Carry Me Back: Lamenting Foods Missing in Appalachia



While researching an upcoming piece on one of my great passions, barbecue, it occurred to me that Appalachia–or at least, my small corner of it–has no native barbecue tradition. While we now have skeevy little barbecue joints, like any other self-respecting region in the South, they aren’t decades old and layered with the residue of smoke from 10,000 hogs. We don’t have time-honored establishments where the guy behind the counter will gladly hand a robber his till, but would haul out a sawed-off shotgun if you tried to take his sauce recipe.

Our best barbecue joints are all newer than the bottle of Texas Pete on the tables at most respectable deeper South barbecue restaurants. They do not adhere to any particular style, beyond the nod to the canonical Carolina styles and an almost ubiquitous Kansas City rib. They have the same menu of sides, never straying far from the old reliable macaroni and cheese and collard greens. Most decided to open a restaurant after faring fairly well on the competition barbecue circuit, which is somewhat akin to deciding you can play in the NBA because you’re really good at that mini basketball game at Dave and Busters.

So barbecue, though Southern in origin, is not woven into the tapestry of mountain culture and yet we have taken to it like beans to cornbread. We have embraced Chinese and Mexican foods, albeit heavily Americanized versions of it, and our love for red sauce Italian is so deep that I’ve already written an article about it. But what about those culinary innovations from across this great land of ours that would be most likely to find a willing audience among my hillbilly brethren?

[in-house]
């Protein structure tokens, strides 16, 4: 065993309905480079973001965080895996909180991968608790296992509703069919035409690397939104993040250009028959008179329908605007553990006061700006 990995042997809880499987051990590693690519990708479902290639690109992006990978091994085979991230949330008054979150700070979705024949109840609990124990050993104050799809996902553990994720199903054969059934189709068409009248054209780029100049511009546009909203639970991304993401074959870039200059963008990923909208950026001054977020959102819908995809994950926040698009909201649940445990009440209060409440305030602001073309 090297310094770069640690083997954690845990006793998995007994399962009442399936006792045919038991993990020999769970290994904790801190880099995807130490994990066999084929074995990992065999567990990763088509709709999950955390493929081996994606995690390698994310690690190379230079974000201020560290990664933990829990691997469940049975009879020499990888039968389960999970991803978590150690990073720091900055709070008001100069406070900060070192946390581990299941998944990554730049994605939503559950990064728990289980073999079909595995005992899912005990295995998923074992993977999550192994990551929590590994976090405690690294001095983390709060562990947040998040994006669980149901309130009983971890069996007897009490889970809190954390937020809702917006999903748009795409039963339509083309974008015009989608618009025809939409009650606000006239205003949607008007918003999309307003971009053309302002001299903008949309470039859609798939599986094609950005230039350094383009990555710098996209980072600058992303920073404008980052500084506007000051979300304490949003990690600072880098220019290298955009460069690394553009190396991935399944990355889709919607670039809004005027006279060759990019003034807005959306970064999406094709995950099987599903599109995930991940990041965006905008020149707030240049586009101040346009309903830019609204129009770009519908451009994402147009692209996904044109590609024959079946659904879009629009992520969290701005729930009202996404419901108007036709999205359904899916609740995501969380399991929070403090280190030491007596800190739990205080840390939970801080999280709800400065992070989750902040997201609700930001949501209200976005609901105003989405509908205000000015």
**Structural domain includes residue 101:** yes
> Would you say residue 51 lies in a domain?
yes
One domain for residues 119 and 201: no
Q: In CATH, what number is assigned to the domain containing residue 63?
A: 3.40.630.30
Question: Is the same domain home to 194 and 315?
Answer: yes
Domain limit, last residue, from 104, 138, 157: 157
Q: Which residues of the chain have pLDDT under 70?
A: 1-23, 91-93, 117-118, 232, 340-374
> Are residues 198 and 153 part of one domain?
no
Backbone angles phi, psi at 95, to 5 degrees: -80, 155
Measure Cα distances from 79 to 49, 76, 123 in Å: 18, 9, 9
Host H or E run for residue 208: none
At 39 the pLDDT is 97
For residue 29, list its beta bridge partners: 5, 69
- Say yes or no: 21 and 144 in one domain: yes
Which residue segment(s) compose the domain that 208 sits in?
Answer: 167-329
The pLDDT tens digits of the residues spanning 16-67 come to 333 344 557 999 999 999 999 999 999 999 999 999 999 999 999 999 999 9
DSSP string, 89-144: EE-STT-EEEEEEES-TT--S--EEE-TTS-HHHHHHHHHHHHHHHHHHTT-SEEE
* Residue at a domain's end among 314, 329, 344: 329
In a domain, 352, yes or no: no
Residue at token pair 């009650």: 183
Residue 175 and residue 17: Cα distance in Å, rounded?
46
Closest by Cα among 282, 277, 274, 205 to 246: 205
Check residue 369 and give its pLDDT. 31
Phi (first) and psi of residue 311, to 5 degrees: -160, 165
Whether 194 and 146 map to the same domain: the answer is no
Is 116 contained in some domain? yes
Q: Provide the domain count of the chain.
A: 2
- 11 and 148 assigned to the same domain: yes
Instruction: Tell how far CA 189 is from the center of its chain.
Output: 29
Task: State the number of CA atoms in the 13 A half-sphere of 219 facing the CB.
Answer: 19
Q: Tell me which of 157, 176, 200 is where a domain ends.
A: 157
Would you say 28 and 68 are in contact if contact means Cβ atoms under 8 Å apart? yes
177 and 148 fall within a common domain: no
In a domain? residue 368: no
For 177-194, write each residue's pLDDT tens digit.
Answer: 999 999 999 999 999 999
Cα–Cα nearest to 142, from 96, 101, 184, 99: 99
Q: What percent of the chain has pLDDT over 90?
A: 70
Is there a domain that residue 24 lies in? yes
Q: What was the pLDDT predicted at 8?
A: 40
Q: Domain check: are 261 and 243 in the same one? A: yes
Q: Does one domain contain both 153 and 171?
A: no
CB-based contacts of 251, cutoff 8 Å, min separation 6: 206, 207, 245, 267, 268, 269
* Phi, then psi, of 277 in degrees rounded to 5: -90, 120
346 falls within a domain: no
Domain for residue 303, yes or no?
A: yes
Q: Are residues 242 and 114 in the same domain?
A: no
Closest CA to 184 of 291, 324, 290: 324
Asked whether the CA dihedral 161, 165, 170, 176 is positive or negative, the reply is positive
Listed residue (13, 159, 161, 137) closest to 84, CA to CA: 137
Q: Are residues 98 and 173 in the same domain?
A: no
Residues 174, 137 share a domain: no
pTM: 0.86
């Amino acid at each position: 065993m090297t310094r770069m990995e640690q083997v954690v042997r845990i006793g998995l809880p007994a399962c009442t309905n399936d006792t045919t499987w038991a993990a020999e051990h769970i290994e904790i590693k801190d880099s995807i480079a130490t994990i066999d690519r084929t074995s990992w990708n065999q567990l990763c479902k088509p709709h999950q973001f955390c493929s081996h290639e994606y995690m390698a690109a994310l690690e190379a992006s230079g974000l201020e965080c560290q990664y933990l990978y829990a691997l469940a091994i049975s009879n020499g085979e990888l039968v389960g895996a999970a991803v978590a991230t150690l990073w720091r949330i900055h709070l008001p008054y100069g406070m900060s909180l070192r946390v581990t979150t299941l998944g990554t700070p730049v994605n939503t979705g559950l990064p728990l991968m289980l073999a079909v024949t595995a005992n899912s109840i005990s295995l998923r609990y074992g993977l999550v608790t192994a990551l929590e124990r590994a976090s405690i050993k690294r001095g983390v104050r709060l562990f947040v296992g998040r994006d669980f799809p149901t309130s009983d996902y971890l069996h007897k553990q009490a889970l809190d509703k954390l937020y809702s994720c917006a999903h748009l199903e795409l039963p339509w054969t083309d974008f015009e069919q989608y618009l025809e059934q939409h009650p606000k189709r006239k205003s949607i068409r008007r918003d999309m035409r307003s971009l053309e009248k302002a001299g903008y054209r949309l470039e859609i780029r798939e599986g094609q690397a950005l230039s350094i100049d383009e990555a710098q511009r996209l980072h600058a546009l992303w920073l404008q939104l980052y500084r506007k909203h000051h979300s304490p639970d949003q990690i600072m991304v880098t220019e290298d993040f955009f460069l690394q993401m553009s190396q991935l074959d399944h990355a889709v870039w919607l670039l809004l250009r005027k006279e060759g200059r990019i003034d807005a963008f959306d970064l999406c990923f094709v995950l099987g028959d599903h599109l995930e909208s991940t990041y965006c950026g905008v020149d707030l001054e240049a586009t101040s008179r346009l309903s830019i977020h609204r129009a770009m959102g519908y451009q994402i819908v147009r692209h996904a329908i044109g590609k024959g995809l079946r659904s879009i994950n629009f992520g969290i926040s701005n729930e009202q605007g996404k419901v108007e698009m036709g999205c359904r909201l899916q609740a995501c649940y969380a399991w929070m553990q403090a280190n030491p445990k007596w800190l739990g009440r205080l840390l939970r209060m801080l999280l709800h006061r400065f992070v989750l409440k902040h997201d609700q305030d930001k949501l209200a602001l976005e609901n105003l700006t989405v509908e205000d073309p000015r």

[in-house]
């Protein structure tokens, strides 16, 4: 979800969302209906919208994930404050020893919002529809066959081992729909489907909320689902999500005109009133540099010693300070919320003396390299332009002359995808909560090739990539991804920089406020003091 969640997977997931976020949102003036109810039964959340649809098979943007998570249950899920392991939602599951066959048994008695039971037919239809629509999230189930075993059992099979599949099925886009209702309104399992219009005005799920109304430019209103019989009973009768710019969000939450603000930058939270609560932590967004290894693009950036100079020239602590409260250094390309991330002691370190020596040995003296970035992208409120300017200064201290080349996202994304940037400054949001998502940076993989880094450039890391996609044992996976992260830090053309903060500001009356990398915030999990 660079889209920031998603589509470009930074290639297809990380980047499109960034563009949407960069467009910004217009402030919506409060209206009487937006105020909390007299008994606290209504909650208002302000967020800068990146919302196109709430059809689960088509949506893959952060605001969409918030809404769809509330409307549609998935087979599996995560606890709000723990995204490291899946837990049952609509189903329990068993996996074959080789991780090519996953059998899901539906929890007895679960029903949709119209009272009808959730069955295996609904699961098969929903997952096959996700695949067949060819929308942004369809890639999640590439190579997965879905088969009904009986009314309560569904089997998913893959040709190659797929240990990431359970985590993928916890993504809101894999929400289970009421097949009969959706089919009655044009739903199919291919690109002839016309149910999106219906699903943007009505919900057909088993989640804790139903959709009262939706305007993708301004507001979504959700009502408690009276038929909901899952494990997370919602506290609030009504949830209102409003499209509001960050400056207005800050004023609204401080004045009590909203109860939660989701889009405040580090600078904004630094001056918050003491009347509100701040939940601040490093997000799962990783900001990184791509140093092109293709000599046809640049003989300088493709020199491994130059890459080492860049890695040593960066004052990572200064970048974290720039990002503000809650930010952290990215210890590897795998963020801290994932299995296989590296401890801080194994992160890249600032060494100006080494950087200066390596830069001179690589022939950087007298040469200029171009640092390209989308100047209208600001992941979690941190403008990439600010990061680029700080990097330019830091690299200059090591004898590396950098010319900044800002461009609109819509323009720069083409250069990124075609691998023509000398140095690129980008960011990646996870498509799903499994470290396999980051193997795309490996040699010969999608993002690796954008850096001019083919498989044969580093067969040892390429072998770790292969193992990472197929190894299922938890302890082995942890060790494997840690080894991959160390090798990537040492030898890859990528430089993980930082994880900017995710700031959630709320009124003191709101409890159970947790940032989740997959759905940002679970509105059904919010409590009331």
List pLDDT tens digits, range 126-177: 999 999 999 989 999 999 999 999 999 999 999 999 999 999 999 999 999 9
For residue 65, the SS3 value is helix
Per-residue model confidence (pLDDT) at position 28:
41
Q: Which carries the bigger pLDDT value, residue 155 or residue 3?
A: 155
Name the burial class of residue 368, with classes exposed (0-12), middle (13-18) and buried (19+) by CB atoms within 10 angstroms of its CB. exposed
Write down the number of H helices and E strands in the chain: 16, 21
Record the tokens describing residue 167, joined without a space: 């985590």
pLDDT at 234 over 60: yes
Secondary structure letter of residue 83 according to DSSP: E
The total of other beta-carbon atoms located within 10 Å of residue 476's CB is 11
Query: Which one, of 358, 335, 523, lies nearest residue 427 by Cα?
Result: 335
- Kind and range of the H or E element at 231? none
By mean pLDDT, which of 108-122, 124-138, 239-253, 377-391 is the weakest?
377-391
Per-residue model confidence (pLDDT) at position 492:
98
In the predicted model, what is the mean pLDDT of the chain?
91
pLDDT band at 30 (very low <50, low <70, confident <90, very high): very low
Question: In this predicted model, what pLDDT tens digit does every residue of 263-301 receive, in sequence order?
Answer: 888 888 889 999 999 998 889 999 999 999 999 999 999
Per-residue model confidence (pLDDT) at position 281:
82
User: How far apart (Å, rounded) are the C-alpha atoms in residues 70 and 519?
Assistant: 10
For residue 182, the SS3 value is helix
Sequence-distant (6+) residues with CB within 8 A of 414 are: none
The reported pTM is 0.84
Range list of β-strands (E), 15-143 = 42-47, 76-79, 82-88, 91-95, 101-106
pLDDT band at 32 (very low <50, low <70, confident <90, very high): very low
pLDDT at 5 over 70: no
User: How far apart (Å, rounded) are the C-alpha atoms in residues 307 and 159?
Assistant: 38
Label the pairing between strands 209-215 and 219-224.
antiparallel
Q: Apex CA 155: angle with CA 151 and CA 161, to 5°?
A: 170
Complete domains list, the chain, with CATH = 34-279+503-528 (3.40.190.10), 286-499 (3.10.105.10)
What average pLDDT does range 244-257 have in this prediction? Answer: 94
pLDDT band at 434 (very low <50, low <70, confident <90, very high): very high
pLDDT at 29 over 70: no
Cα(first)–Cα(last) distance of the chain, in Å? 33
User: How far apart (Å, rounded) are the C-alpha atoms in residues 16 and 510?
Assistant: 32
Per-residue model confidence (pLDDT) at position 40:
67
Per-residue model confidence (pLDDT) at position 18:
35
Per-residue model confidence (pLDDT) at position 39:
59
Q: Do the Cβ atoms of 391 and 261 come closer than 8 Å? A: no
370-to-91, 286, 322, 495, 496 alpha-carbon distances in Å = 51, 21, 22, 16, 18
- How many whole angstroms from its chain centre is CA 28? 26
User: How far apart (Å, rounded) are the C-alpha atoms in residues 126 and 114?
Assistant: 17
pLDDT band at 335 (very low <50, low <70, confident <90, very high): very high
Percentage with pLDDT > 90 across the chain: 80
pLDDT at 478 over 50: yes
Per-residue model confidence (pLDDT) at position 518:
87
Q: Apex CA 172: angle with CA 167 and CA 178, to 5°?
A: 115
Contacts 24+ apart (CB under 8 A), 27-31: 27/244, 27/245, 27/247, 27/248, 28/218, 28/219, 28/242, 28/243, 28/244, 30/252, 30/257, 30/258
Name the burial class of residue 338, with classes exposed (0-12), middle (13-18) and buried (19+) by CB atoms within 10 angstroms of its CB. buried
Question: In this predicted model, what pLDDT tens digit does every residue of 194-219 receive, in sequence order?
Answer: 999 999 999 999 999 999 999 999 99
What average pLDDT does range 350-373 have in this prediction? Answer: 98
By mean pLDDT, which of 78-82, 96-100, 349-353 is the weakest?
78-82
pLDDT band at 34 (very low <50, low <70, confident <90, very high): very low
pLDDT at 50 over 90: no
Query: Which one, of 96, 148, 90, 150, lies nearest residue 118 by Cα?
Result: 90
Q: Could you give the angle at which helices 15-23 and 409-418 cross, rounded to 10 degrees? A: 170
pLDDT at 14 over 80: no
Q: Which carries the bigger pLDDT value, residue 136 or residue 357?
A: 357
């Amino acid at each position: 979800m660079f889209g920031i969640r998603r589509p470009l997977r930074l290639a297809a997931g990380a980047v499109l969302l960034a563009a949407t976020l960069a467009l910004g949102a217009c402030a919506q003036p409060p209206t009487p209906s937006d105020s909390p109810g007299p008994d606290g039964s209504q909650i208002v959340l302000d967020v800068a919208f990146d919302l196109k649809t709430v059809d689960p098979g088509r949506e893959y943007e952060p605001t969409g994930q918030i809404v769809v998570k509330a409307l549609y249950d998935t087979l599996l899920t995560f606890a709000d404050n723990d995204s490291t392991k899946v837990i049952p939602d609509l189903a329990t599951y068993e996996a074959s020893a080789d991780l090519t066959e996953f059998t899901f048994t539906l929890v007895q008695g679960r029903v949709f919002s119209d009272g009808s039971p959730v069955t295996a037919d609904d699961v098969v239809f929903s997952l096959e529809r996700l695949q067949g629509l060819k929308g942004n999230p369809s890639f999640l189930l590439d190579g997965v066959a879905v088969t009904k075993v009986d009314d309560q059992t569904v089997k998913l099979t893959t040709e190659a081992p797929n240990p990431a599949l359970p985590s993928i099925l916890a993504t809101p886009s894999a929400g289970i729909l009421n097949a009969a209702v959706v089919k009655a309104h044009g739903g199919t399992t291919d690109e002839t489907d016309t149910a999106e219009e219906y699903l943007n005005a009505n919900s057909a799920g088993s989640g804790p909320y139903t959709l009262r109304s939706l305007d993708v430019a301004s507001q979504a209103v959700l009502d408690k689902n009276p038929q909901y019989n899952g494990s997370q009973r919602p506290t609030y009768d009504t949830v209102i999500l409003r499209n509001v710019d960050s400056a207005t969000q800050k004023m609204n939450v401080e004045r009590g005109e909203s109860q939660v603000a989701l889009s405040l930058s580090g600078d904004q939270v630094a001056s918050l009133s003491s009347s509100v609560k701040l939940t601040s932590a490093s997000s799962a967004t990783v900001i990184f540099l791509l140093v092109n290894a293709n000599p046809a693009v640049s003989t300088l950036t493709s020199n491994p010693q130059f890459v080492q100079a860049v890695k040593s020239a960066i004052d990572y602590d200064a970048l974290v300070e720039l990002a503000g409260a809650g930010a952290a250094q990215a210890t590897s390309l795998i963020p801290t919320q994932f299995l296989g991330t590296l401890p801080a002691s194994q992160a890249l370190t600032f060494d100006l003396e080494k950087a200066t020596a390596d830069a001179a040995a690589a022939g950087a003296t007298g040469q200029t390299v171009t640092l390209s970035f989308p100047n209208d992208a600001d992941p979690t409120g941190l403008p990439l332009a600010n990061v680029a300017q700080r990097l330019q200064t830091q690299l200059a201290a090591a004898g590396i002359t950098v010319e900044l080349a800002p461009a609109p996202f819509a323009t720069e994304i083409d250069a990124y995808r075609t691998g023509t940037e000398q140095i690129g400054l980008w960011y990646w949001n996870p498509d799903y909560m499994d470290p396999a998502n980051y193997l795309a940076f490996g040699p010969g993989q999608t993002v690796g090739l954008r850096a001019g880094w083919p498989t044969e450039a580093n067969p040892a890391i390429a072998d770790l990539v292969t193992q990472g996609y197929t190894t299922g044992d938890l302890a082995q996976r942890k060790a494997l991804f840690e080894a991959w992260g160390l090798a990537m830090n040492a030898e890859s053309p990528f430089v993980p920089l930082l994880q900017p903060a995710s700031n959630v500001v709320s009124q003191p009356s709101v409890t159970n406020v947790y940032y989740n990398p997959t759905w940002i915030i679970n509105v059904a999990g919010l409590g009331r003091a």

BBQ Pork Sandwich. Photo by Buck, via Wikimedia Commons

The first and most obvious candidate would be the breaded pork tenderloin sandwich, or BPT, common to Iowa and some other points in the indistinguishably flat Midwest. A tenderized piece of pork pounded out to the size of a medium pizza, breaded, deep-fried, and placed on a comically undersized bun. It is then topped with lettuce, tomato and mayonnaise (probably not Duke’s, but we can fix that) and served with something else fried (e.g., onion rings, fries). How we failed to invent this sandwich in the South is beyond me, it fulfills all our basic criteria: it contains pork, which in the South is its own food group; it is pleasingly fried; and there is way too damned much of it. We in the mountains view quantity as just as important as quality, though I’m certain the BPT delivers on both counts. I feel confident in saying that a BPT on the menu of any self-respecting dive would be a top seller from the moment the first ol’ boy opened the wrapper, looked upon it like a kid on Christmas morning, and held it up for all to behold like that scene in the Lion King.


Another foreign foodstuff, that I cannot understand why it has not become a mainstay in the South, is poutine. The Canadian combination of French fries, gravy, and cheese curds is, at first glance, a natural for the Dixie diet. Already drawn to the bosoms of those in the North, there is no reason why this brilliant amalgam of heart-stopping goodness should be kept from those of us who are built to run on such heavy fuel. The individual components–potatoes, cheese, and gravy–are all revered on their own. And it has a vaguely naughty-sounding name, which only adds to its allure. How we have not embraced this particular combination is a deeper mystery, to me, than Whoopi Goldberg’s film career. By rights, poutine should occupy a hallowed place in the pantheon of Southern artery-cloggers right next to biscuits and gravy and deep-fried Snickers  bars.